4. Scouts BSA Resident Camp
Dates: July 9 – July 22
Midnight Sun Council offers youth the opportunity to learn outdoors through their residential programs, day camps, and family camp. As part of the Scouts, children learn to build things, the value of teamwork, and essential life skills.
The Boy Scouts teach them to achieve goals, grow physically and mentally, and cultivate confidence. With two lakes close by, waterfront activities are plentiful. Activities like swimming and sports are some of the many fun things they’ll do while at summer camp.
The programs last around a week, and you can get an early bird discount if you sign children up early.
5. Camp Fire Alaska
Dates: June 5 – July 28
Located on Cooper Landing, Camp Fire Alaska provides an overnight summer camp for boys and girls on hundreds of acres of the Alaskan wilderness.
The facilities and campus include sports fields, an arts building, and a sauna for kids to warm up. Each week offers something different for all interests. You can choose the sessions your kid might like the most, with options for sports, arts, and outdoor living.
Their Summer’s Last Hurrah is one of their shorter sleepaway summer camps that takes place over 4 days. Camp Fire also offers an expedition to Halibut Cover in Kachemak Bay, where coed campers go tent camping, rock climbing, glacier climbing, kayaking, and more.
Fun games bring the whole camp together, with fun events like capture the flag and GaGa. Each day ends with campers huddling around the campfire and participating in singing, story time, and skits.
Tuition costs are based on your family’s needs, so they make their programs affordable and accessible for children of all backgrounds.
6. Kings Lake Camp
Dates: June 19 – July 21
The Salvation Army runs kings Lake Camp in Wasilla. You’ll find many summer programs at Kings Lake, with classic-, music-, and teen camps.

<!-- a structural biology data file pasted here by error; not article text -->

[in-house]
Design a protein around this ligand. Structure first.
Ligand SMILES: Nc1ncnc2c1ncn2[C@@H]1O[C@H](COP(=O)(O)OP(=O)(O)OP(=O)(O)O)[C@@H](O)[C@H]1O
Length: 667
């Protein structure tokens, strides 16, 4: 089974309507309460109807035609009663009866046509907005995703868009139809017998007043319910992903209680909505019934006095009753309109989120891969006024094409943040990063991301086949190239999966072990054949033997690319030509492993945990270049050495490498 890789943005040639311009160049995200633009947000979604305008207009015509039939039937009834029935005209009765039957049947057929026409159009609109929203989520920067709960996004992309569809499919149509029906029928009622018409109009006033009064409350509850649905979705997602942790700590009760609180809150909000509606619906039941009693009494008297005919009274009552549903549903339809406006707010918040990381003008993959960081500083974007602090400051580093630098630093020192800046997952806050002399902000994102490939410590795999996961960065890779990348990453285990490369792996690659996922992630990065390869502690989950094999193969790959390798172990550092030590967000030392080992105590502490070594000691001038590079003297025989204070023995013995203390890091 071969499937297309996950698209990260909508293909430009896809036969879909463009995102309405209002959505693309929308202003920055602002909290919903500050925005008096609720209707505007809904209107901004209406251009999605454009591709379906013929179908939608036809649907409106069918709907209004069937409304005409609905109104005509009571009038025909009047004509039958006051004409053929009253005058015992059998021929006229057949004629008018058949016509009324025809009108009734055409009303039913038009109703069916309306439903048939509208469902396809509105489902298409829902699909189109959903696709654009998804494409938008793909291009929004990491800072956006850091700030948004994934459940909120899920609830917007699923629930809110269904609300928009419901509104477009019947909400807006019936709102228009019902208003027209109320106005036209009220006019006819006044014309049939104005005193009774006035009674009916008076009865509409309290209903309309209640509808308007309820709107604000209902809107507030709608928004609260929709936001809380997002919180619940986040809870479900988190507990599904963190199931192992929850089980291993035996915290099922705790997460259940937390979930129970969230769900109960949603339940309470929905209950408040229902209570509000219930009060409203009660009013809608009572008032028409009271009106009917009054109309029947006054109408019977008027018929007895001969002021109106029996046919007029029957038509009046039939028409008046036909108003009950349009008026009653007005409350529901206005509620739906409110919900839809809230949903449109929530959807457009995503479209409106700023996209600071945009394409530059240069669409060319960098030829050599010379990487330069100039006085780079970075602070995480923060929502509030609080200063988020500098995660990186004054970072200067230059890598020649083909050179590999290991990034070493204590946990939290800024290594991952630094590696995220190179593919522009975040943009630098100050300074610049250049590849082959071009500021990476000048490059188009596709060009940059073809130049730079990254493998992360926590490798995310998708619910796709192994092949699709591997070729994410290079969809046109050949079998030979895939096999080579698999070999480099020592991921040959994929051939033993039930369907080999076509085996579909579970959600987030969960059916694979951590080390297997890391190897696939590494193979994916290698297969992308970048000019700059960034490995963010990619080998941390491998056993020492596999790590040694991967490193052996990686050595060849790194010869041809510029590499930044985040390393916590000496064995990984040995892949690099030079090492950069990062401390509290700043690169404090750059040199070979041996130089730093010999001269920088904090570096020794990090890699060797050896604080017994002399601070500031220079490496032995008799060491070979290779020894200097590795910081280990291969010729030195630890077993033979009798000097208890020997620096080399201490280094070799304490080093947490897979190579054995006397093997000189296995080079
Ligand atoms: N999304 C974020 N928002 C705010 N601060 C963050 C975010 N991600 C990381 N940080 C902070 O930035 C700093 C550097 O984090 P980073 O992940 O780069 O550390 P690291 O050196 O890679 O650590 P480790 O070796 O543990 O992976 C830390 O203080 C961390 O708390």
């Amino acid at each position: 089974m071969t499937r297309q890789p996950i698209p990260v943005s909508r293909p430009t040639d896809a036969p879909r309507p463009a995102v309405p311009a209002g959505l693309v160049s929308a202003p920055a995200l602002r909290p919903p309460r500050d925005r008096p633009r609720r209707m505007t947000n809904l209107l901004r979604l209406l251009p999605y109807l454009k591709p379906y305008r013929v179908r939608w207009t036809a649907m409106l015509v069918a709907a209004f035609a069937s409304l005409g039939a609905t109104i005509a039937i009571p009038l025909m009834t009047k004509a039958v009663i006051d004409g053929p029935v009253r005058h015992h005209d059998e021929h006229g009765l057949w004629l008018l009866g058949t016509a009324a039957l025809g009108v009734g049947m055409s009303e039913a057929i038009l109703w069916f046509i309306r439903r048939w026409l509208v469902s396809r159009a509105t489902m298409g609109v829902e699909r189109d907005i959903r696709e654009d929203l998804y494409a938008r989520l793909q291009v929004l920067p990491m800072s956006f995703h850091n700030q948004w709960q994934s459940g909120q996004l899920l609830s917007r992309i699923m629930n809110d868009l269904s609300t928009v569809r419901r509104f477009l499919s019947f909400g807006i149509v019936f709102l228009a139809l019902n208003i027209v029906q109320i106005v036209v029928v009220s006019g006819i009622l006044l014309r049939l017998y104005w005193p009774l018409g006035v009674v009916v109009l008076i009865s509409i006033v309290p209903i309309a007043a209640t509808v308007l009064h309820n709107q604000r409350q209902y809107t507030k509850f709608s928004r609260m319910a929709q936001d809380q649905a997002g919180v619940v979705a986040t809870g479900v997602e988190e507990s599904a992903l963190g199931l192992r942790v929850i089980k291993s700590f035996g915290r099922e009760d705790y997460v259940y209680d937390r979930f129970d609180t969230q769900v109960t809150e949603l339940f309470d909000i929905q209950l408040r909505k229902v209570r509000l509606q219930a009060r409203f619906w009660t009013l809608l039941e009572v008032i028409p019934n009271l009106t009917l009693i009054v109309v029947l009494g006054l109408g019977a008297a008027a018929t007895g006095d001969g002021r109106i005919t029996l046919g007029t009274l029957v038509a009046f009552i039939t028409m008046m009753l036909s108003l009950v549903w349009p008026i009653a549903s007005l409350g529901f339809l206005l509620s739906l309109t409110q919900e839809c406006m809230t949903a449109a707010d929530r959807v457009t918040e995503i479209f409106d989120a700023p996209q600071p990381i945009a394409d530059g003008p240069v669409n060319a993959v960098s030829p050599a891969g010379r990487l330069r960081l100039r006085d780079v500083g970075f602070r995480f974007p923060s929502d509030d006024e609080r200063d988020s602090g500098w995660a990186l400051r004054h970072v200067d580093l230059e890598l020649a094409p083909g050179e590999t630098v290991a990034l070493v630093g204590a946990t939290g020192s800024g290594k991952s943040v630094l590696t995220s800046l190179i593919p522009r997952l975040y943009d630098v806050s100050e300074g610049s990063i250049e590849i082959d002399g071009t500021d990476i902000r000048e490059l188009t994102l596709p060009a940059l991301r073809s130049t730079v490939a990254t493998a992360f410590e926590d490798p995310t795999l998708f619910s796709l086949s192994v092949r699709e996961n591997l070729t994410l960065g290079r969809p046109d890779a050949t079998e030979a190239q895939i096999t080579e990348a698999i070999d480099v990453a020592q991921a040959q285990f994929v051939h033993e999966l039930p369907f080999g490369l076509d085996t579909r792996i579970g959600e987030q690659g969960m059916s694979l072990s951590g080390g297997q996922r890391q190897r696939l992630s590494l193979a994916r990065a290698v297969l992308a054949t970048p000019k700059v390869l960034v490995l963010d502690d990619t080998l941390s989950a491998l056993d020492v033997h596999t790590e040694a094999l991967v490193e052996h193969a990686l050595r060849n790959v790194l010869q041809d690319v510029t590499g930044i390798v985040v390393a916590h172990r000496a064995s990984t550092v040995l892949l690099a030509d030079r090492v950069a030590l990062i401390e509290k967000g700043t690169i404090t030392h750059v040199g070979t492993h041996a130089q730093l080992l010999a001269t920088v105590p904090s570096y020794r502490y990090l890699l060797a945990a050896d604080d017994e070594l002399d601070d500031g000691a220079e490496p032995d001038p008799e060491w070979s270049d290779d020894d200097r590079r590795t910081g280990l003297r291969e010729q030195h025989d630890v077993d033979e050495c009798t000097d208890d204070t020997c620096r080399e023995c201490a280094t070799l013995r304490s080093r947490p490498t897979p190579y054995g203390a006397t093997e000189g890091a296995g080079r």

Kids can make fun memories outdoors and grow closer to God through their experiences. The camp counselors ensure your child has a good time by creating a friendly atmosphere.
Kids can have a fun-filled week full of arts and crafts, water sports, team sports, and beyond. Whether your child wants to learn a new instrument, earn badges, sit around the campfire with friends, or explore the lake, you can find the right program at Kings Lake Camp.
If you’re a college student or parent with spare time for volunteering, reach out to them to be able to help out at their summer camps.
7. Bingle Camp
Dates: June 25 – July 21
Founded in 1953, Bingle camp is committed to offering an environment where students can feel supported and continue their spiritual journey. Its location in Fairbanks has a waterfront facility and outdoor areas for kids to explore.
Their 3-day Mini Camp is available for students in grades 1-3, which makes it ideal as a first-time camp. Activities include arts and crafts, swimming, games, Bible study, and exploring the surrounding nature.
At their Splash Camp, kids spend plenty of time canoeing and swimming, plus some singalongs here and there.
Adventure Camp starts to bring in more challenging games like archery and rope courses for middle school students. Night Owl is for those looking for a bit more freedom in exploring the outdoors and their relationship with God.